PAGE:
October 5, 2023

Summer Creepy Crawlies for Lifestylers

By Dr David McDonnell, Managing Director of Tauranga Vets

Have they six legs or eight? Well, that’s an important question for the minds eye of a veterinarian to work out what Arthropod class we are dealing with.

We get asked to identify various external parasites seen on the skin of poultry, goats, sheep, cattle, horses, deer and alpaca. It is easier for us to determine from seeing the adults that have emerged – the eggs, larvae or nymphs lesser so.

Insects have three body parts (head, thorax and abdomen) and six legs. Examples are flies, lice, and keds. They are relatively easy to kill with insecticides and preventative measures. Because lice and keds are obligate parasites – meaning they need a host to survive, an annual herd/flock treatment of an insecticide in the Winter when their numbers increase usually suffices. Sometimes, we see lousy animals at this time of year when nutrition and environmental conditions abound signifies some other underlying disease. Crutching, dagging, shearing for the Summer and good internal parasite control (dagginess) will reduce the attractiveness for flies to ‘strike’ sheep. Ensuring dumps of compost, household rubbish etc do not act as a breeding area for flies helps with environmental control. The hot humid conditions of late have seen an earlier rise of ‘strike’ in Katikati surrounds.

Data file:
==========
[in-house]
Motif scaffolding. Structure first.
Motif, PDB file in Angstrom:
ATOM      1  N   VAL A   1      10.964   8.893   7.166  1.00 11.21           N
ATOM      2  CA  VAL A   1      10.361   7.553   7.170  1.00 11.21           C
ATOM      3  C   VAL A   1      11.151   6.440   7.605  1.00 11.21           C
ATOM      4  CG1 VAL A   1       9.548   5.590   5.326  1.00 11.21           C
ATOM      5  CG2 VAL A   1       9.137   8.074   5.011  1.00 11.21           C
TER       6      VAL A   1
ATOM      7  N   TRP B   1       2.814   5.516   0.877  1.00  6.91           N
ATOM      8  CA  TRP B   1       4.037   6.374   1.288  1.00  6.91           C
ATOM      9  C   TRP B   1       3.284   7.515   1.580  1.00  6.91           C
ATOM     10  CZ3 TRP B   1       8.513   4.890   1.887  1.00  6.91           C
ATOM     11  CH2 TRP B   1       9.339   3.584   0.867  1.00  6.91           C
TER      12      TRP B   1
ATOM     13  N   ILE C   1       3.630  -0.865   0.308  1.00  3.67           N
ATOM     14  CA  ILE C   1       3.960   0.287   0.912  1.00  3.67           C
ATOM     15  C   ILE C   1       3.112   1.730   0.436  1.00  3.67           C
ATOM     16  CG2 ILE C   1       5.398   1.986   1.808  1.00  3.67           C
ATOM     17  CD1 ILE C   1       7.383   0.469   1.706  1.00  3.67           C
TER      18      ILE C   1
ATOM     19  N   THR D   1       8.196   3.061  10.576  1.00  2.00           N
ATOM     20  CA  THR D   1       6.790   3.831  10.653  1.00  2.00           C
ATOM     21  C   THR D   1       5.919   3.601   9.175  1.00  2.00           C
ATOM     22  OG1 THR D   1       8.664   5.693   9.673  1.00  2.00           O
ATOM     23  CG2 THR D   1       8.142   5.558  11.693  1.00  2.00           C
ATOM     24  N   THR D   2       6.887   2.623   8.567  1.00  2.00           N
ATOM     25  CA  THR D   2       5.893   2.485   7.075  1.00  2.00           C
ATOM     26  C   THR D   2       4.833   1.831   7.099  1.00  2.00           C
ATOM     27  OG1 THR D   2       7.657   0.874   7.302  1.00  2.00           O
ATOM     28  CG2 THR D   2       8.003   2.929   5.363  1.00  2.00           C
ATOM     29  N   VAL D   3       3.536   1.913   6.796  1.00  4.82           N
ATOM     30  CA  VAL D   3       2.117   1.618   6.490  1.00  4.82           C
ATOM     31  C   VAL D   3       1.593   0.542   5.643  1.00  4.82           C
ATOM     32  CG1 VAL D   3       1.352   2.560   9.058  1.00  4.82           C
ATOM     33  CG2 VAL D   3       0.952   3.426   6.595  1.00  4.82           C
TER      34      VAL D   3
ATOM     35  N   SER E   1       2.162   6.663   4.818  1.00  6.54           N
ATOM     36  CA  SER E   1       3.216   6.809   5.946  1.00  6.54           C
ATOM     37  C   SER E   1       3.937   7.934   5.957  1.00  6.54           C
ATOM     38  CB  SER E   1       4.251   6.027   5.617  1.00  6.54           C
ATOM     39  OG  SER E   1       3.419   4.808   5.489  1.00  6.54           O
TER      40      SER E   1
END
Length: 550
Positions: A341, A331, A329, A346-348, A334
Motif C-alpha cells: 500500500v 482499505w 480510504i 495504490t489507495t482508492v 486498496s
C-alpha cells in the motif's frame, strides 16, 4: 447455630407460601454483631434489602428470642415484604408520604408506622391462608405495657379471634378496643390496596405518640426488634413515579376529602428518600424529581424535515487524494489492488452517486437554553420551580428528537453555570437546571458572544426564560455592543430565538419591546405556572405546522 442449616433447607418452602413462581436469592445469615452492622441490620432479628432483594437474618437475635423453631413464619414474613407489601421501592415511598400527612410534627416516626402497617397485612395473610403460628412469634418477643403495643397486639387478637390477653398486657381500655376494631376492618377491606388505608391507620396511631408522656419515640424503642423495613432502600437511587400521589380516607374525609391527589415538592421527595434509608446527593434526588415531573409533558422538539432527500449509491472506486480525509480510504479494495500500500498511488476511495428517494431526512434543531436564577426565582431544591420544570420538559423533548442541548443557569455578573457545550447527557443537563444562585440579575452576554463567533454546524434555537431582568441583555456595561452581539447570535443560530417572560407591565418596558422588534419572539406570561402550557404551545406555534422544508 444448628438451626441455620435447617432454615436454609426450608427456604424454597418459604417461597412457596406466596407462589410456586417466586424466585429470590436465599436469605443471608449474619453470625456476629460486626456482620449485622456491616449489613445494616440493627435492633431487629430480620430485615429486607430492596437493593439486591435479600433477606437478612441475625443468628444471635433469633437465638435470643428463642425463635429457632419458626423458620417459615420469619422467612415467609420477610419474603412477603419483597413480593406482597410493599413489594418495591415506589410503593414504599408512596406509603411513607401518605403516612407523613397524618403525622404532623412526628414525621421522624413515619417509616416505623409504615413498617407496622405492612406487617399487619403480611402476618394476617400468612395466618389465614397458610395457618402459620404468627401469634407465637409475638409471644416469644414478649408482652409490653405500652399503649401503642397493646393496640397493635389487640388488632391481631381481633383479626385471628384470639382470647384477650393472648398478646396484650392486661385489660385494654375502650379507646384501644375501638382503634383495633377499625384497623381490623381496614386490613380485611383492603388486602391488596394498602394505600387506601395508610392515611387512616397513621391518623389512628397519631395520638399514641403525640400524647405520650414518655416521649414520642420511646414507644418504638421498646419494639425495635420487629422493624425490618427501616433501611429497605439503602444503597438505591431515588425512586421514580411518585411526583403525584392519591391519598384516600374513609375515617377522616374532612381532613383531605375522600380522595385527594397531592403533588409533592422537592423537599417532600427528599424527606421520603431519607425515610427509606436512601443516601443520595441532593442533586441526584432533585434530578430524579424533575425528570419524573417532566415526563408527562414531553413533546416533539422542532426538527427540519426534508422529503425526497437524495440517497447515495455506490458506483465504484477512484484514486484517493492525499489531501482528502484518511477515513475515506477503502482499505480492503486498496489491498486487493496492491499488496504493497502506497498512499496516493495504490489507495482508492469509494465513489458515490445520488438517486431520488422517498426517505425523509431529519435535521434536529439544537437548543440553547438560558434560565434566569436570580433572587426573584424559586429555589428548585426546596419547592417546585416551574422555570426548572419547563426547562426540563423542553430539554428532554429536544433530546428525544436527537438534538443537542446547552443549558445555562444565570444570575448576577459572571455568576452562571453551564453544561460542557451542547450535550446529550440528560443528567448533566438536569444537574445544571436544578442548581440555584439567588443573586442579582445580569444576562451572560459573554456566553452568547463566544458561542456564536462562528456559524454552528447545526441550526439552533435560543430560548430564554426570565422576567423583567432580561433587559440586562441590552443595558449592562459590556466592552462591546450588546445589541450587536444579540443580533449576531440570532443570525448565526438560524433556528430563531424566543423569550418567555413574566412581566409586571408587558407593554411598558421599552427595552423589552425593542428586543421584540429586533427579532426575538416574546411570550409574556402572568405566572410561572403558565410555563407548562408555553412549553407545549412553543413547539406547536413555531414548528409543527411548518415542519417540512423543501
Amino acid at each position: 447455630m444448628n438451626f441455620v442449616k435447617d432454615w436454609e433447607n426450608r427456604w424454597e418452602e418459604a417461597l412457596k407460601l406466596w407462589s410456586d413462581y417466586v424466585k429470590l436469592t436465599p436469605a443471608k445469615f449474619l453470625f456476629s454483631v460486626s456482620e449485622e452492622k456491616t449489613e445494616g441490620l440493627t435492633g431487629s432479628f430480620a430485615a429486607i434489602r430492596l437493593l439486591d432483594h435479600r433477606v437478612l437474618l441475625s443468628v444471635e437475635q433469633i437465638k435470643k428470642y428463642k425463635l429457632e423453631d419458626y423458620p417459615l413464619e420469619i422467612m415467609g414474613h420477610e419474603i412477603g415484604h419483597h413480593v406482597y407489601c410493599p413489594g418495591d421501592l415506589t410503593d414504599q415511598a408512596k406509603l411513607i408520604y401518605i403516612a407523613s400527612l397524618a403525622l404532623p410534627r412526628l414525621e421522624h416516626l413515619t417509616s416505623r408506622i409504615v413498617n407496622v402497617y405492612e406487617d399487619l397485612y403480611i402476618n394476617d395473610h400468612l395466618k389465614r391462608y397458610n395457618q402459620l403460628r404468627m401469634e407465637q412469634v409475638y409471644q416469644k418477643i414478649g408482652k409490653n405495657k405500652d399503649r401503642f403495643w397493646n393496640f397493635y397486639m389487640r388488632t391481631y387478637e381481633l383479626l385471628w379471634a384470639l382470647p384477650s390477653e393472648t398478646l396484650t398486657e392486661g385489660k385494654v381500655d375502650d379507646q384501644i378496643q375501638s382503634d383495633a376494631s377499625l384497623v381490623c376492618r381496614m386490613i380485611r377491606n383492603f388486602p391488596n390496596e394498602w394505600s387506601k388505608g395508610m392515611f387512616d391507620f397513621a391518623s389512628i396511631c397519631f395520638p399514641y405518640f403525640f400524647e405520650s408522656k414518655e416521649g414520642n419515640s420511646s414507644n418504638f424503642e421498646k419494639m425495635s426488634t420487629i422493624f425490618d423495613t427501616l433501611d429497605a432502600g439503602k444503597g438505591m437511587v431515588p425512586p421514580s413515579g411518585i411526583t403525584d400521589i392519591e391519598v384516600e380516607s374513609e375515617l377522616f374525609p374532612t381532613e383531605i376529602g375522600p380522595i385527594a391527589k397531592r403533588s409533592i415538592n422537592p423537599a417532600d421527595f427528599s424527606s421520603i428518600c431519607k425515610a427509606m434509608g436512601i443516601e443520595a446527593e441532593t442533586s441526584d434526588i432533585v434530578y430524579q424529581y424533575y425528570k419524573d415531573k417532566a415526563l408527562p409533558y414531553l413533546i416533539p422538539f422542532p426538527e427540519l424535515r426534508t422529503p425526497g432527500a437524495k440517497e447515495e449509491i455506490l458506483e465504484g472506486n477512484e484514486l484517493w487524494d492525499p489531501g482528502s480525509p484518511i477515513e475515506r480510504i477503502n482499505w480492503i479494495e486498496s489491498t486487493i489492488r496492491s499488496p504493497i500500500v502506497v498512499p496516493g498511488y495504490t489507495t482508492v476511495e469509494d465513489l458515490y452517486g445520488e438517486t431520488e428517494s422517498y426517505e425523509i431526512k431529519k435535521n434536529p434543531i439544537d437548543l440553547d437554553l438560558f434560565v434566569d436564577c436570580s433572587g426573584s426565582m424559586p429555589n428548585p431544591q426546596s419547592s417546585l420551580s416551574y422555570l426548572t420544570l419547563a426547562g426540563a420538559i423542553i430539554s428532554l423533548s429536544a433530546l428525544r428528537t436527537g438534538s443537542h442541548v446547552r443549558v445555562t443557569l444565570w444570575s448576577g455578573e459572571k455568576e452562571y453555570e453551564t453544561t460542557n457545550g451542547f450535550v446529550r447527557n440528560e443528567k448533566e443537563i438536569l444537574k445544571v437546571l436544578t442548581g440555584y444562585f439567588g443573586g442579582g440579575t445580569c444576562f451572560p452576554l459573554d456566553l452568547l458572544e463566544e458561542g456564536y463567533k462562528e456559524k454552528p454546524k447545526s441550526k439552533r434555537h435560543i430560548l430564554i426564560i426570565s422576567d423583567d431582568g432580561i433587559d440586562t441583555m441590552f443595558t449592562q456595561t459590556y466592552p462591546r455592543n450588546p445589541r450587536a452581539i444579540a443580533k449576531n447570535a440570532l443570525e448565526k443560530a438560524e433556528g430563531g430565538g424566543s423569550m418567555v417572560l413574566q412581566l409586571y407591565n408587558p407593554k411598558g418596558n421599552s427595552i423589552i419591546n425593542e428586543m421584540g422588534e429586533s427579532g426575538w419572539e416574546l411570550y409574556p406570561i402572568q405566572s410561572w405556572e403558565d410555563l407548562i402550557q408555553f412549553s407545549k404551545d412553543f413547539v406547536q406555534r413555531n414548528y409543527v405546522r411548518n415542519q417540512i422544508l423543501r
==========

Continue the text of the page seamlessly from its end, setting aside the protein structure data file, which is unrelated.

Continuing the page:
Arachnids have four pairs of jointed legs. Examples are ticks, mites and spiders. They are a lot more difficult to control. The cattle tick is New Zealand’s only tick and affects many species of lifestyle animals. It has three stages and three hosts and is a lot harder to control as it spends its time off the host. The final stage adult is prevalent in November-December. Particularly in Deer, Cattle and Sheep – also in horses. Control is a little more difficult with insecticides as not all products have a registered claim for ticks. Mites burrow deeper into the skin and may be in localised areas, such as the scrotum in sheep. The Red Poultry mite however feeds on blood and is dormant in the coop cracks and perches but comes out at night when the birds are resting. Whereas another poultry mite stays all the time on the bird-particularly around the vent area.

A keen eye, assisted by a magnifying glass will help identify what external parasite you may be dealing with – six legs or eight?

If you have any questions or concerns regarding parasites, contact us on 0800 838 7267.